Feels just like a trip back to third-grade history class, doesn’t it?  This exceptional speech is made up of ten sentences, 1,448 characters, 261 words.  By way of comparison, Hamlet has 29,551 words and 143,428 characters, so it’s about 100 times as many characters to match.  DNA is so complex that, according to George Church of Harvard (, it takes more than 70 terabytes of data storage to hold the information contained in the human genome.  I don’t know how many characters that would be, but my full-text of Hamlet (in Word format) only takes up about 300k.

All of that is to say that my experiment here is extremely small-scale, and I’m very aware that there are other problems and flaws with it (for example, the character set I used is not really a good analog for the more than 100,000 different types of proteins in the human body), but as I mentioned earlier, I’m not trying to prove or disprove anything.  I just wanted to see a practical example of an attempt to spontaneously produce order out of disorder, based on the premise that all we need is the basic materials, and the patience to keep trying.  So, for my purposes, this was good enough.

Anyway, with all of that in place, I turned my app on and let it run for a while.  Well, a while turned into a few days, and then a few days turned into a few weeks.  At some point I got sick of watching it run, so I converted it into a Windows service and had it run in the background.

At that point, I basically forgot about it.  But a few months later I remembered to check my logs, and here’s what I found.  After 2,147,483,647 attempts, all that I had managed to match was “Four sc”.  The geeks out there might recognize that number – that’s the maximum size of a 32-bit integer in C#.  In other words, I reached the limit of C#’s ability to count (at least in 32-bit integer form) before I had even managed to match two complete words.

Eventually I started doing the math on the probability of these matches, and the numbers are pretty staggering.  Here’s what I found:

1 character: 1/60 or 1.667%

5 characters: 1/777,600,000 or 0.0000000129%

10 characters: 1/6,056,617,600,000,000,000,000,000 or 0.0000000000000000165%

I’ll let you draw your own conclusions from there, but for myself, I am convinced that there is a tipping point where a pattern becomes so complex that it will never emerge on its own, even if you have an ideal circumstance, with exactly the right components thrown in to the mix, and the freedom and patience to try an infinite number of times.  And honestly, that tipping point isn’t very far down the road.  Case in point?  Look again at the odds for matching ten characters, and then remember that Hamlet has over 143,000 characters to match.  My calculator app literally crashed when I tried to calculate that probability.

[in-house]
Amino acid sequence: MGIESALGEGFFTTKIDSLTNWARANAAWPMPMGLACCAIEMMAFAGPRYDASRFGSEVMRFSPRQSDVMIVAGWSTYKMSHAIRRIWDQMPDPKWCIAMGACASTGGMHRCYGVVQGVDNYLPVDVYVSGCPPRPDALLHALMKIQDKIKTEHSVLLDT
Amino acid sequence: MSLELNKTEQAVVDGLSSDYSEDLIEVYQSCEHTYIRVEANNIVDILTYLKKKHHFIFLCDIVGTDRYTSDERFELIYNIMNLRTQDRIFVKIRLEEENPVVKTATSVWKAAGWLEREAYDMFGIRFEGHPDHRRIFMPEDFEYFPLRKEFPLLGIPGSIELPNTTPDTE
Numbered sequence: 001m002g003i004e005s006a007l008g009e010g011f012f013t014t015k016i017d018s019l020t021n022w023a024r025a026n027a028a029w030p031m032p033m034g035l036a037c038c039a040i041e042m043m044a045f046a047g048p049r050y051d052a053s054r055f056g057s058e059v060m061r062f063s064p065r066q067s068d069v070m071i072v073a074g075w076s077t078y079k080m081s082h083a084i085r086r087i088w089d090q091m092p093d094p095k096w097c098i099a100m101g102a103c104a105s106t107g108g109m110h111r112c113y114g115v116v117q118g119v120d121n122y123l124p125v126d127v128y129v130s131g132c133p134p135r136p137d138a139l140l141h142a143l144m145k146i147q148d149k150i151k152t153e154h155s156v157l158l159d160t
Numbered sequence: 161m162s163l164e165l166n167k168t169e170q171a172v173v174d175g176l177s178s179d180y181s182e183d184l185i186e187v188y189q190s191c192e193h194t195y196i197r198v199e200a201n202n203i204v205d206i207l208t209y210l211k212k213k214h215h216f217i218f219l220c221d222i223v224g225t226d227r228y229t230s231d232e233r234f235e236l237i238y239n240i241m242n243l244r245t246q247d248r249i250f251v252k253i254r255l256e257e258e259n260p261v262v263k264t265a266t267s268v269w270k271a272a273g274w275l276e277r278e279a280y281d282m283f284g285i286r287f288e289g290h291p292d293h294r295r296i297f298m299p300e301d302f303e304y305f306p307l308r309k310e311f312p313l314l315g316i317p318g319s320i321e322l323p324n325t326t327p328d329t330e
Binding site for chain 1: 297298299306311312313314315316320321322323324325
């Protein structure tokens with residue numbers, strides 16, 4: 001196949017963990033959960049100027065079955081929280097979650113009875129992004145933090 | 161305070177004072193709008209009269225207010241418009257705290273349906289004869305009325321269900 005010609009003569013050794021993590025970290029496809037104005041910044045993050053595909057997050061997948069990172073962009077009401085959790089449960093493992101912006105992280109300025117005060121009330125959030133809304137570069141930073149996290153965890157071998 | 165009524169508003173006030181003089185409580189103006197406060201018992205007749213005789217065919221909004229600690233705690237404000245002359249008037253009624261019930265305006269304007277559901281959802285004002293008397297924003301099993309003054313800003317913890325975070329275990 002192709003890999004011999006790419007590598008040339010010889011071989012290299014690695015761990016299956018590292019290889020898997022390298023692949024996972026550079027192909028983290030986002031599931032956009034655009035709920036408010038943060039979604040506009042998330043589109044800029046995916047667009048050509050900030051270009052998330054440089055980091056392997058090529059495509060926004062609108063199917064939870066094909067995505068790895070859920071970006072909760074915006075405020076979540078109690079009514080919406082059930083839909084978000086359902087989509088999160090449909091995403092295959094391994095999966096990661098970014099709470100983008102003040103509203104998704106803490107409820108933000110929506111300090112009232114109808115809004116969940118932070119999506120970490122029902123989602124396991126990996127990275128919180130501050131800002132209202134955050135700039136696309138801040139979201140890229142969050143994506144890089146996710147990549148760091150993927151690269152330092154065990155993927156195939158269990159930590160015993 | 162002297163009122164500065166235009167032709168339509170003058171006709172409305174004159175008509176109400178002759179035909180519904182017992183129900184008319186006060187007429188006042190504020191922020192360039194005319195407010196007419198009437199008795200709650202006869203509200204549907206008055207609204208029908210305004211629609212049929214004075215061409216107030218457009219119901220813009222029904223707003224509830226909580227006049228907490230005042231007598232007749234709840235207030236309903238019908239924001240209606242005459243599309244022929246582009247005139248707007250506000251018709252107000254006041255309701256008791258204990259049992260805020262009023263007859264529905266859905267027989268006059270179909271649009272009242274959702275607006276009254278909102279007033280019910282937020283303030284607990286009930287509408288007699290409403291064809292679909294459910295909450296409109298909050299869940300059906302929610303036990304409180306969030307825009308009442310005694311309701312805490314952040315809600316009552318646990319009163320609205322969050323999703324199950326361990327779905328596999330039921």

I hope some of you will find this interesting.  I know it doesn’t have much to do with my usual blog topics, but it was a satisfying journey, and it helped me put some of these ideas in perspective in a way I’d never really done before.  And on top of all of that, I got to check an item off of my bucket list.

Now I just need to decide what to tackle next.

2 Comments leave one →
  1. June 21, 2013 8:20 am

    Tony Stark wishes he was you =-) We are so lucky to have such a smart and curious man leading our technological endeavors! Thank you for seeing this through and drawing these fascinating comparisons.

  2. June 22, 2013 9:10 am

    Your idea that “order (and even life) can come spontaneously out of disorder, if you just try enough times” made me wonder if Chaos Theory might offer another explanation for the Gettysburg Address, e.g. could a monkey farting in Uganda in 1790 have caused Lincoln to write Gettysburg Address—somebody wouldn’t have run away from the smell into the hands of a slave trader, and so on.
    Chaos Theory might explain a causal chain after the fact, but to use it as a predictive tool would run into even longer odds than in your experiment. So much for that idea.
    Now I can’t get your image of “a thousand monkeys hammering away on a thousand typewriters” out of my head. Thanks.